Tax Tips








What is a Living Away From Home Allowance?
A living Away From Home allowance is paid by employers when they require an employee to work in an area that is different to their normal workplace and the employer pays the costs to the employee for living away from home. For example, you live and work in Sydney and your employer sends you to Queensland for a few months to do some work there. They pay you an allowance for the costs of living in Queensland because they have requested you to work there for a time. You do not need to declare it as assessable income in a tax return. It is an allowance paid by an employer to an employee and is not subject to tax by the employee. No expenses can be claimed against this allowance.

Travel allowances for itinerant workers, on the other hand, may appear as assessable income on your PAYG Payment Summary. The cost of accommodation, meals and incidental travel expenses may be claimed against this allowance up to a certain limit without substantiation (receipts).

I won $100,000 on a game show this year, it this taxable income?
If you are a professional contestant it will be taxable. If someone appears as a regular contestant in these shows then they would be considered to be a professional. If your prize was from a one off appearance then it wouldn’t be taxable.

I have inherited some money. Is it taxable?
No. The inheritance is not taxable unless advised by the executor that part is taxable. However, if you invest the income from the estate then any earnings will be taxable.

Can my wife declare all the interest from our joint accounts in her tax return because her income is much lower than mine?
No. All income must be apportioned to each recipient on the same basis as the accounts are held.

My bank interest is only $10. Does this amount have to be declared?
Yes. You must declare all interest from all sources.

My 14 year old daughter has received $300 from a trust distribution. Does she have to lodge a tax return?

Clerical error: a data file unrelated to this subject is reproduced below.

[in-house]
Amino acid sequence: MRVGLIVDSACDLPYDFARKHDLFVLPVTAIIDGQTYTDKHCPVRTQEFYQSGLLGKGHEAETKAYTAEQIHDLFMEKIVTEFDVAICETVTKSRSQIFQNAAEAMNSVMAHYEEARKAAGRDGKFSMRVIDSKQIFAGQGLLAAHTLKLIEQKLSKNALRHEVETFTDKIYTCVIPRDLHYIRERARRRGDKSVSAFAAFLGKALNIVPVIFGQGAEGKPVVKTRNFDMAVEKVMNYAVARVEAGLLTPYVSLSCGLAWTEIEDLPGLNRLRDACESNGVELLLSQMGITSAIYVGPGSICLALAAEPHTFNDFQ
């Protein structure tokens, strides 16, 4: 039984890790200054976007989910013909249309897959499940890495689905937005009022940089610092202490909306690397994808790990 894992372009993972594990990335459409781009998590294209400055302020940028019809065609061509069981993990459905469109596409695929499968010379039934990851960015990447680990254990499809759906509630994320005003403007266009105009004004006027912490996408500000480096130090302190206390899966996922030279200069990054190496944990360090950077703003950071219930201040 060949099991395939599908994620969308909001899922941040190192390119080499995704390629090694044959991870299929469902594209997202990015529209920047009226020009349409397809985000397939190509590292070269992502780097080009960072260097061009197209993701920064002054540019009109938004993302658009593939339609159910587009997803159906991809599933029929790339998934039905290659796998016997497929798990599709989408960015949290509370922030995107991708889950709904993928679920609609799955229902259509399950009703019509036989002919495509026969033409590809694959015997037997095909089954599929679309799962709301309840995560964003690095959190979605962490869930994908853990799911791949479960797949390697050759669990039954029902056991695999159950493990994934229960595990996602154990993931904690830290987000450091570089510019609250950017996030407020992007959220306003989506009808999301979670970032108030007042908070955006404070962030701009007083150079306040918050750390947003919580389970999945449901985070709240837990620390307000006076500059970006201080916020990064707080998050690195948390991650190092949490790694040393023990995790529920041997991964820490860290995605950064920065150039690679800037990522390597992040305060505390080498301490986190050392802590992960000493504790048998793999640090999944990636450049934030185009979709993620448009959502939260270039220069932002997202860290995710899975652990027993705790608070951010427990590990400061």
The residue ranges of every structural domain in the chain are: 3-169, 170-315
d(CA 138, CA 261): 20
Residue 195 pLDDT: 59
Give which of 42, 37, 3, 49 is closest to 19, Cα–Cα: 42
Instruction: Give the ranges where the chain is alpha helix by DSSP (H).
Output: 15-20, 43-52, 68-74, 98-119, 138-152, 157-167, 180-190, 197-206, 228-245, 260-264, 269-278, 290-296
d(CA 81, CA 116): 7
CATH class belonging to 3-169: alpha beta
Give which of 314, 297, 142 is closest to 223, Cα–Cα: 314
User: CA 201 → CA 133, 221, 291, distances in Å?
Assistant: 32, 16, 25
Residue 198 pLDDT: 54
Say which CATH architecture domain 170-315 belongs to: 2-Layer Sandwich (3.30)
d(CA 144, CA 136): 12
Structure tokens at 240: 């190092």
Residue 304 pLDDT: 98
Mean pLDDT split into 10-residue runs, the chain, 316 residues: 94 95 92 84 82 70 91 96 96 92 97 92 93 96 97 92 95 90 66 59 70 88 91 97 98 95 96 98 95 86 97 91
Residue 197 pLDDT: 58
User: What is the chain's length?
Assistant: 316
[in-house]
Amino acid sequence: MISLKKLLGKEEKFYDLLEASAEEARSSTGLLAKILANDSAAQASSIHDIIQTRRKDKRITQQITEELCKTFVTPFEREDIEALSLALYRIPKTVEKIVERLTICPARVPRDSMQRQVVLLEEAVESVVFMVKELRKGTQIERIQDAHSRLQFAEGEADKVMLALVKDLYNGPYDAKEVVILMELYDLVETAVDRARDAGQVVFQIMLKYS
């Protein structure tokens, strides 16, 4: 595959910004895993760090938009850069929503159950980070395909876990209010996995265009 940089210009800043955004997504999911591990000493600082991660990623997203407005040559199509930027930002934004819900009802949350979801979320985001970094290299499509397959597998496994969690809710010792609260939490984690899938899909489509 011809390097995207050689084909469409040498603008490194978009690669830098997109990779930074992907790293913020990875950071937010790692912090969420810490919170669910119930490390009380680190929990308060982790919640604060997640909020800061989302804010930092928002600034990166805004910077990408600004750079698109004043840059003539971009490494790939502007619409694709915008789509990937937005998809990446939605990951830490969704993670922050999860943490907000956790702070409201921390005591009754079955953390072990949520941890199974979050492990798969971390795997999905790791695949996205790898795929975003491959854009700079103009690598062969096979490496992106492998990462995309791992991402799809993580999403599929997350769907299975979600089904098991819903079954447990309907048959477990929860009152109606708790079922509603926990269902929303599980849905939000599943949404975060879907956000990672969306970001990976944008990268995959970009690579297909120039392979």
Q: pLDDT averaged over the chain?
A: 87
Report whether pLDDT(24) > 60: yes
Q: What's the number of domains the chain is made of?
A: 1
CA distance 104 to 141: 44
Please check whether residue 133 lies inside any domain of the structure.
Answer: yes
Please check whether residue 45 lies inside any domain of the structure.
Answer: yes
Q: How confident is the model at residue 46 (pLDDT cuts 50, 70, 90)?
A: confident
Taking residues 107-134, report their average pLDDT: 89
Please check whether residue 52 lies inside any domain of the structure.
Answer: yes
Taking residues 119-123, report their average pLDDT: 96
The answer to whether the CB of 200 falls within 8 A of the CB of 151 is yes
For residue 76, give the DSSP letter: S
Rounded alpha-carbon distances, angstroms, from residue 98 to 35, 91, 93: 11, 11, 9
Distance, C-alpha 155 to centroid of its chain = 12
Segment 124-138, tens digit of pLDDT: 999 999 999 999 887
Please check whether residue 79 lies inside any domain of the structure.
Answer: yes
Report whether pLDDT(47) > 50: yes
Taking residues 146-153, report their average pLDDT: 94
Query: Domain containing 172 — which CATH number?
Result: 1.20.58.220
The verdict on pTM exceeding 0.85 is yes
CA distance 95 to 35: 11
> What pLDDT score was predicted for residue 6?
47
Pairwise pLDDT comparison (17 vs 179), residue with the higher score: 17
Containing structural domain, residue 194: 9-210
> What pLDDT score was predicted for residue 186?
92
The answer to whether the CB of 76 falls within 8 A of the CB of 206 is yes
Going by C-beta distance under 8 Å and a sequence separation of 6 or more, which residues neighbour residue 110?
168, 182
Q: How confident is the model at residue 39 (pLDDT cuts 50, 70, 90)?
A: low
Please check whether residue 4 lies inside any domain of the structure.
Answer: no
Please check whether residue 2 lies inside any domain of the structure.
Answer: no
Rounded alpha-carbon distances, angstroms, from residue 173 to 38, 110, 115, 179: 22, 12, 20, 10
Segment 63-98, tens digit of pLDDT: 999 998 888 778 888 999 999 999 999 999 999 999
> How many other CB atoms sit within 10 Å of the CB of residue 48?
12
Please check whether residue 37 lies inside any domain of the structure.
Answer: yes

Not if this is her only income. A minor may earn up to $416 from investments before any tax would be payable on unearned income. Since 1 July 2011 minors are denied eligibility for the low income tax offset. Under previous rules, minors could earn up to $3,333 unearned income without paying tax.

I have shares and received franked dividends this year but have no other income. Do I have to lodge a tax return to get the franking credit refunded to me?
No. You can complete the Refund of Franking Credits for Individuals form which can be lodged by telephone or mailed to the ATO.

I have just received a letter from the tax office saying that I did not declare some interest from my bank account. What should I do?
You should contact your bank if you believe that this is incorrect, to verify the income details for your accounts. The bank should notify the tax office in writing if this information is not correct. You have 28 days to correct this information. However, if you have omitted the income you will not need to contact the ATO. They will amend your return and send you a new assessment requesting you to pay the additional tax, a general interest charge and, in some cases, penalties.

Do I need to declare my overseas pension?
Yes. In most cases overseas pensions are taxable. There are a few exceptions to this rule. Please call us if you are not sure.

Do I have to declare income from Centrelink (Newstart, Austudy) on my tax return?
Yes. It must be declared so that the tax office can determine how much tax is payable on other earnings for the year. At the end of the financial year you will receive a Payment Summary from Centrelink indicating how much must be included in your tax return (taxable amount). You may be entitled to a tax offset to ensure that no tax is payable on your benefit.

I have just moved permanently to Australia. Do I have to pay tax on the money that I have brought with me?
No. You will only have to pay tax on any earnings that you make from the time that you moved to Australia. If that money earns interest in a bank account you will have to pay tax on the interest.


I have to buy tools/equipment for my job.  What can I claim and how much?
You are able to claim expenditure incurred in replacing, insuring and repairing tools of trade that you use for earning your income.  The amount you can claim will depend on what records you have kept.

My job requires me to keep my knowledge up to date and I buy books and journals.  Can I claim them all?
If technical books, trade books or journals are necessary to fulfil job function efficiently then the cost of their acquisition is deductible.